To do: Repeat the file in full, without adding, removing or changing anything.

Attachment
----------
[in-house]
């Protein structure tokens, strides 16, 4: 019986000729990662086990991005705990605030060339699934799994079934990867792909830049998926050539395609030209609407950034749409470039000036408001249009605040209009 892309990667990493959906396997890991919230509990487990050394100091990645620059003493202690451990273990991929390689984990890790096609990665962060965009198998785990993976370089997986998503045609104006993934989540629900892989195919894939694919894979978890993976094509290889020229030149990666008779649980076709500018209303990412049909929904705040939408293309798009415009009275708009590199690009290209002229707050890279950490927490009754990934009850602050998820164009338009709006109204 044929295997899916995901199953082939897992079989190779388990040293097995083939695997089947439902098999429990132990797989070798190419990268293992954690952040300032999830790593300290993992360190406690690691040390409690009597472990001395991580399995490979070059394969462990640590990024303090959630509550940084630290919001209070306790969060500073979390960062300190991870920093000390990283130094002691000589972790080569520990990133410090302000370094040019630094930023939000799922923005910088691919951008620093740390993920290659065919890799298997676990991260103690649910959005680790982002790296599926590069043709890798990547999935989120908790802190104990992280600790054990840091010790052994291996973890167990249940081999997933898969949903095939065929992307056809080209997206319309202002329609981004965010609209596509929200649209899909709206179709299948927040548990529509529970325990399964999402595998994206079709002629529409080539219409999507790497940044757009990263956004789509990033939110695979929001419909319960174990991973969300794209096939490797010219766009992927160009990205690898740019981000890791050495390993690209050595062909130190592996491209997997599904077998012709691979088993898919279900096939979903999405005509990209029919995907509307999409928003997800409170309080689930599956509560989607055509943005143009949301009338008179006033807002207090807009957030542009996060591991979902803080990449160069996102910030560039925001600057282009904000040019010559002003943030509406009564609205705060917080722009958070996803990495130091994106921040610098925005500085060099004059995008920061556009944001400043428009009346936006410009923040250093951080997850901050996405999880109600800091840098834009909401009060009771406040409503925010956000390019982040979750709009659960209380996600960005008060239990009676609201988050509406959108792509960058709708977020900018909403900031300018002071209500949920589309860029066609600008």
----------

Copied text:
[in-house]
């Protein structure tokens, strides 16, 4: 019986000729990662086990991005705990605030060339699934799994079934990867792909830049998926050539395609030209609407950034749409470039000036408001249009605040209009 892309990667990493959906396997890991919230509990487990050394100091990645620059003493202690451990273990991929390689984990890790096609990665962060965009198998785990993976370089997986998503045609104006993934989540629900892989195919894939694919894979978890993976094509290889020229030149990666008779649980076709500018209303990412049909929904705040939408293309798009415009009275708009590199690009290209002229707050890279950490927490009754990934009850602050998820164009338009709006109204 044929295997899916995901199953082939897992079989190779388990040293097995083939695997089947439902098999429990132990797989070798190419990268293992954690952040300032999830790593300290993992360190406690690691040390409690009597472990001395991580399995490979070059394969462990640590990024303090959630509550940084630290919001209070306790969060500073979390960062300190991870920093000390990283130094002691000589972790080569520990990133410090302000370094040019630094930023939000799922923005910088691919951008620093740390993920290659065919890799298997676990991260103690649910959005680790982002790296599926590069043709890798990547999935989120908790802190104990992280600790054990840091010790052994291996973890167990249940081999997933898969949903095939065929992307056809080209997206319309202002329609981004965010609209596509929200649209899909709206179709299948927040548990529509529970325990399964999402595998994206079709002629529409080539219409999507790497940044757009990263956004789509990033939110695979929001419909319960174990991973969300794209096939490797010219766009992927160009990205690898740019981000890791050495390993690209050595062909130190592996491209997997599904077998012709691979088993898919279900096939979903999405005509990209029919995907509307999409928003997800409170309080689930599956509560989607055509943005143009949301009338008179006033807002207090807009957030542009996060591991979902803080990449160069996102910030560039925001600057282009904000040019010559002003943030509406009564609205705060917080722009958070996803990495130091994106921040610098925005500085060099004059995008920061556009944001400043428009009346936006410009923040250093951080997850901050996405999880109600800091840098834009909401009060009771406040409503925010956000390019982040979750709009659960209380996600960005008060239990009676609201988050509406959108792509960058709708977020900018909403900031300018002071209500949920589309860029066609600008």